Interview of Dr. Robert O. Becker by Dan Rather on CBS’ 60 Minutes (13 February 1977)

Posted on Oct 8, 2013

Interview of Dr. Robert O. Becker by Dan Rather on CBS’ 60 Minutes (13 February 1977)

Way back in 1977, the late visionary scientist Robert O. Becker was expressing his concerns that the electrical frequencies around us might be causing human health problems.  Here’s a transcript of some historical footage that is very relevant today, as we wrestle with the complex, energy-related illnesses of the 21st century.

Dan Rather: You may have heard of it—a Navy project called Seafarer. The original name was Sanguine. It’s a $700,000,000 submarine communications system that for the past decade has been a very expensive idea in search of a home. In every part of the country where the Navy has set foot talking Seafarer, there has been an uproar. Homefolks, politicians, scientists—they all turn out to have at it. Will Seafarer ruin the scenery? Will it be a major target for enemy warheads? And most important, what about reports that it could be harmful to the people who would have to live with it?… Captain Charles Pollack is the man in charge.

Capt. Pollack: The antenna would have about 2400 miles of antenna cable. If you draw a line around the extremities of that antenna-arrayed layout, it would encompass about 4000 square miles.

Dan Rather: So, somewhere in the good old U.S. of A., Pollack has to string out 2400 miles of antenna cable, buried a few feet underground. It would look something like this—a pattern resembling loose strings in a tennis racket. The intersecting lines would be about 3½ miles apart, and the whole thing would cover 4000 square miles of field and forest—some of it along existing right-of-ways, like roads and powerlines, some of it through newly cleared paths. Is it safe?

Capt. Pollack: Yes, absolutely.

Dan Rather: Absolutely? Well not to people like this scientist. Are you telling me there’s a possibility that electric current, generated in a fashion such as this, could possibly cause heart disease and/or stroke?

body electricDr. Becker: Yes.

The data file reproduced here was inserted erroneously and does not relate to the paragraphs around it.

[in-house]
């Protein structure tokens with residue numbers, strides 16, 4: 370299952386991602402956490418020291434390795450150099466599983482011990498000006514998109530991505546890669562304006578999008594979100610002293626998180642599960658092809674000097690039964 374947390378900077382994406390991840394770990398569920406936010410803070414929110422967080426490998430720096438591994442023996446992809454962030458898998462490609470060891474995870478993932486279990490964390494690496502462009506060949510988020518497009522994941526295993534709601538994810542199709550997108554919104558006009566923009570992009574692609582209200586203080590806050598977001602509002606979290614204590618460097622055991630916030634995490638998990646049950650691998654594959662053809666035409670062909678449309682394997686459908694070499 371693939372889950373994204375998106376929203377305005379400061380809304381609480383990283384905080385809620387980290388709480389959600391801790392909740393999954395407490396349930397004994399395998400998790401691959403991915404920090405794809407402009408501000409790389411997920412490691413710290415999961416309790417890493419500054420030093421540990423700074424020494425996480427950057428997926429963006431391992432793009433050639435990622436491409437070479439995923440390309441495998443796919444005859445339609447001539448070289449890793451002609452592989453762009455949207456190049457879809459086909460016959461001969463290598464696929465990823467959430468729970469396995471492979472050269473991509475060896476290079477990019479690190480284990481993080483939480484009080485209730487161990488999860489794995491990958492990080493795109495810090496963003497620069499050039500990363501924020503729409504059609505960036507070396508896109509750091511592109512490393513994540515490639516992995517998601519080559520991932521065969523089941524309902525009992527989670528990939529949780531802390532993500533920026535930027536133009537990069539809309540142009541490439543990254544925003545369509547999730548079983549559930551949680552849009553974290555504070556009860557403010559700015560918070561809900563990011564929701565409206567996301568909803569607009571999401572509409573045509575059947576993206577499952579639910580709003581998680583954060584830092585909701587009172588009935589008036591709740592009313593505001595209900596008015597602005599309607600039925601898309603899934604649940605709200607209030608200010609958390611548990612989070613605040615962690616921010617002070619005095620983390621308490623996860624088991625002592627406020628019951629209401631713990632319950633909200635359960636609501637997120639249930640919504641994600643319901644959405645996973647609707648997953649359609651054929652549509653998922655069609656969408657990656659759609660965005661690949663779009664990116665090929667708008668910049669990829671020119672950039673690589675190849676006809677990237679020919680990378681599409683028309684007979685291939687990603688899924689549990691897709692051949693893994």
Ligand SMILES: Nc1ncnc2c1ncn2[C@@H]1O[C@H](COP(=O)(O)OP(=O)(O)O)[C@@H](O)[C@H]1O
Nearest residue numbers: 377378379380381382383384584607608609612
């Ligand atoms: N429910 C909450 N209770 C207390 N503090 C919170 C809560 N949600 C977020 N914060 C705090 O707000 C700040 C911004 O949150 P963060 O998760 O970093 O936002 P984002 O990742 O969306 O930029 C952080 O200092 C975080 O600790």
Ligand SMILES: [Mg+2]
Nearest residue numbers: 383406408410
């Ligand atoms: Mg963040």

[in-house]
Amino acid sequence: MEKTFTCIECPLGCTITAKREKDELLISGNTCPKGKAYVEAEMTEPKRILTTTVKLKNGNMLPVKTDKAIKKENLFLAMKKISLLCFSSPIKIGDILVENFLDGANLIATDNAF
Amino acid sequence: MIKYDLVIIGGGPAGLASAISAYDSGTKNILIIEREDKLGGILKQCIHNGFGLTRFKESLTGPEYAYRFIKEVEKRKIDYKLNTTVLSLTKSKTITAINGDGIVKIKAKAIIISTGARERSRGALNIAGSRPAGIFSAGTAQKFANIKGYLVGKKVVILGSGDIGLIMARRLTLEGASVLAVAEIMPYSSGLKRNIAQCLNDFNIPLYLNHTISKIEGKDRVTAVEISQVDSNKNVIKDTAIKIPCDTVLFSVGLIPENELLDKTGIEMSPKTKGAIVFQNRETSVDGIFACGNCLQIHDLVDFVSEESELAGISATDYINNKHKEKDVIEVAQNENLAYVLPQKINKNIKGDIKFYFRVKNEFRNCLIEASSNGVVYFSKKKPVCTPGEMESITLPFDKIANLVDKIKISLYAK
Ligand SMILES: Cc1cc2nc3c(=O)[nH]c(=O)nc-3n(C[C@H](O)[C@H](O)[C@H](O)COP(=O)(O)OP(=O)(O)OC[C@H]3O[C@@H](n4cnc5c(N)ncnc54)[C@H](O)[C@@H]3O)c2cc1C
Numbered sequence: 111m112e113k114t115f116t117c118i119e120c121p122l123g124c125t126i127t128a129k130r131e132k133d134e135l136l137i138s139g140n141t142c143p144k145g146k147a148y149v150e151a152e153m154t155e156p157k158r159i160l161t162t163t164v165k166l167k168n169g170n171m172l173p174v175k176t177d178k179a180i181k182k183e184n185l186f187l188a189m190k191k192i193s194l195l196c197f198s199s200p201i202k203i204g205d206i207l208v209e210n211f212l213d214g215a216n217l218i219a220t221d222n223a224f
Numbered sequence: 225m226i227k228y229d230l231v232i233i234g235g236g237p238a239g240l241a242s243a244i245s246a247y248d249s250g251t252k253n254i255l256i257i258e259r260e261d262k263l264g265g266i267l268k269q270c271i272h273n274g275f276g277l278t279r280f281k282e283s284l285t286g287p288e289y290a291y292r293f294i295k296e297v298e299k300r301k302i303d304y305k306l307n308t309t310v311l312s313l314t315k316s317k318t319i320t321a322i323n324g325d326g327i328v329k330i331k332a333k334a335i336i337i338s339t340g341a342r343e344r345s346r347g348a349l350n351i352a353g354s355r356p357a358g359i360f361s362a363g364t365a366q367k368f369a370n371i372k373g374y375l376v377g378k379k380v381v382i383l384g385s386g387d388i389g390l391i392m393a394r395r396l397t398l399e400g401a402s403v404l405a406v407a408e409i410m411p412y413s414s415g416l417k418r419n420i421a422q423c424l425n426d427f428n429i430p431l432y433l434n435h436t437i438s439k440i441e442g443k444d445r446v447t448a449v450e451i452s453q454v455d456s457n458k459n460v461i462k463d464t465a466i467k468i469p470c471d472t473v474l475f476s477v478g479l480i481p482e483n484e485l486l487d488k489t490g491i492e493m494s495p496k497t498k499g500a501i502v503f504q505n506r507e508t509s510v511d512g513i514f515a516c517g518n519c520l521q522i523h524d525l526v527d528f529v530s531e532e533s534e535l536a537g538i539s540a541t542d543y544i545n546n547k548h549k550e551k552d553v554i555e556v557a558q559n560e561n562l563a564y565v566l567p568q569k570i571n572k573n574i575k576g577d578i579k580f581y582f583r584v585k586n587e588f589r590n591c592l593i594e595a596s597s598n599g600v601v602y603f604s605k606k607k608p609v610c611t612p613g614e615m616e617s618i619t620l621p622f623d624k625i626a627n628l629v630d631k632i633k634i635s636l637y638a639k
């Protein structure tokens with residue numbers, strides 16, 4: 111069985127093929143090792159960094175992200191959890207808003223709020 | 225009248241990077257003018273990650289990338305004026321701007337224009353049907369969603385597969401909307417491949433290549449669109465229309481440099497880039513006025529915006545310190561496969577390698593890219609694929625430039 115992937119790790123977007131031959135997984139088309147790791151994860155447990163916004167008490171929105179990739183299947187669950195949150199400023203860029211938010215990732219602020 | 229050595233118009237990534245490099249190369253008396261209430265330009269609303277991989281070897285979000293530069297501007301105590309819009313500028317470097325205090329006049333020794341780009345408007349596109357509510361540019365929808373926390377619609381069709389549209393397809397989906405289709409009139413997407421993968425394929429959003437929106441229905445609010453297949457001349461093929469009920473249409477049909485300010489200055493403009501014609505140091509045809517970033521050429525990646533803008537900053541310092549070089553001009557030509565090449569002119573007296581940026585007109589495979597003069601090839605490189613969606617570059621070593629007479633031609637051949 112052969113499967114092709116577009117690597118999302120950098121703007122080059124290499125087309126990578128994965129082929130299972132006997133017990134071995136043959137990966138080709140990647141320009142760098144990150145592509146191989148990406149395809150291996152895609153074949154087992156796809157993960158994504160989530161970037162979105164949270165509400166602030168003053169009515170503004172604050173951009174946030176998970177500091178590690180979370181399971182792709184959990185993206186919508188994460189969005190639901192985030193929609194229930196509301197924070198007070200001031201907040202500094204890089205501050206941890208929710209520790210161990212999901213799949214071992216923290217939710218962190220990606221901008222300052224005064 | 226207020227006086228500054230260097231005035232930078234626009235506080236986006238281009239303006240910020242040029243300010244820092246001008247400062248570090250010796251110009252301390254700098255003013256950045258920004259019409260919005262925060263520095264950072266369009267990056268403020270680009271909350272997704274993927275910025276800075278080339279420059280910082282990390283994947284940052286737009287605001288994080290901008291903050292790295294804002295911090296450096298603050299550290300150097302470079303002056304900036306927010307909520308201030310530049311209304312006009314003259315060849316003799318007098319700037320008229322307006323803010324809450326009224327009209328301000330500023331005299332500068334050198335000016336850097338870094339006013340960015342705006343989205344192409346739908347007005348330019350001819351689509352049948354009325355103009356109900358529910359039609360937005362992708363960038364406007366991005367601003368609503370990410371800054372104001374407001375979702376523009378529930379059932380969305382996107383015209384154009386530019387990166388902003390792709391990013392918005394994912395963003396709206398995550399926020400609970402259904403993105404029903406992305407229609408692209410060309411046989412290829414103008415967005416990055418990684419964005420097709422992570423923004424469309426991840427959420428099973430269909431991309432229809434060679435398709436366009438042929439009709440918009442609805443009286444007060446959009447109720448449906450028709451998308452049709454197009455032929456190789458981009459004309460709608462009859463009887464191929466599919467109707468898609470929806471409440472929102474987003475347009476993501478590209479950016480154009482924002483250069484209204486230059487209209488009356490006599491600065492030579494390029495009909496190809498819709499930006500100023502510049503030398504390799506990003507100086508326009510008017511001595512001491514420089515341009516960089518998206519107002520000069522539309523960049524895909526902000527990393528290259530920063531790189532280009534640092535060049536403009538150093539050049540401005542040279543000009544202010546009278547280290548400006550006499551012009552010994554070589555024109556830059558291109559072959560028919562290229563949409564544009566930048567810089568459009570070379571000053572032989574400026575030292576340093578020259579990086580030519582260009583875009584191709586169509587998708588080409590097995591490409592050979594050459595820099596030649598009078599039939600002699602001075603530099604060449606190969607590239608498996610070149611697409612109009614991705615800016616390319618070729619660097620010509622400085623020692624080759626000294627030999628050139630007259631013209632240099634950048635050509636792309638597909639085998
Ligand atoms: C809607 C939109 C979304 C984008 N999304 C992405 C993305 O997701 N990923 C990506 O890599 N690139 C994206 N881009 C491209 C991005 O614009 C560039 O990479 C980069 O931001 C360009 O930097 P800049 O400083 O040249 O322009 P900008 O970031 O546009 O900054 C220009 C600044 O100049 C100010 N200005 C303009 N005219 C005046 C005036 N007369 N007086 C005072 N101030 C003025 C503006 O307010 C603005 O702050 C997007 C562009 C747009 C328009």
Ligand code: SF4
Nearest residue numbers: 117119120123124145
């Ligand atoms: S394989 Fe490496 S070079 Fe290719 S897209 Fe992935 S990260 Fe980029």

Dan Rather: You have to know that that’s a mind-blowing thought for a lot of people, including me?

Dr. Becker: I’m aware of that.

Dan Rather: Dr. Robert Becker is Chief of Orthopedic Surgery and a medical investigator for the Veterans Administration in Syracuse, New York. We have to pause here for a bit of explanation. Historically, the scientific community, almost in its entirety, has maintained that, to be harmed by electricity, you had to be shocked or burned; that the low-level doses surrounding us most of the time—from electrical appliances in the home, from power transmission lines or from the Navy’s Seafarer project—could do us no harm. That’s the Navy’s argument. Now, are you telling me it’s fair to say, accurate to say, that a housewife is exposed to more low frequencies in her home in the course of doing her day-to-day chores than she would be from Seafarer?

Capt. Pollack: Many, many times more.

Dan Rather: You’re certain that is a scientific fact?

Capt. Pollack: That is a scientific fact.

Dan Rather: Dr. Becker wouldn’t disagree with that. What he’d say is that you may not be safe, even in your kitchen. For twenty years, he and his staff have been experimenting on the effects, if any, of low-level radiation on living things. He is one of a small, but growing group of scientists around the world who are turning up information making them believe that low-level electrical fields do affect us. For instance, using very low voltage currents, he has made broken bones that wouldn’t heal by themselves grow together again. And like most scientific discoveries, it’s a double-edged sword. If those carefully controlled low-level currents can heal bones, well, it makes people like Becker wonder about uncontrolled electrical fields from household appliances, powerlines and Seafarer.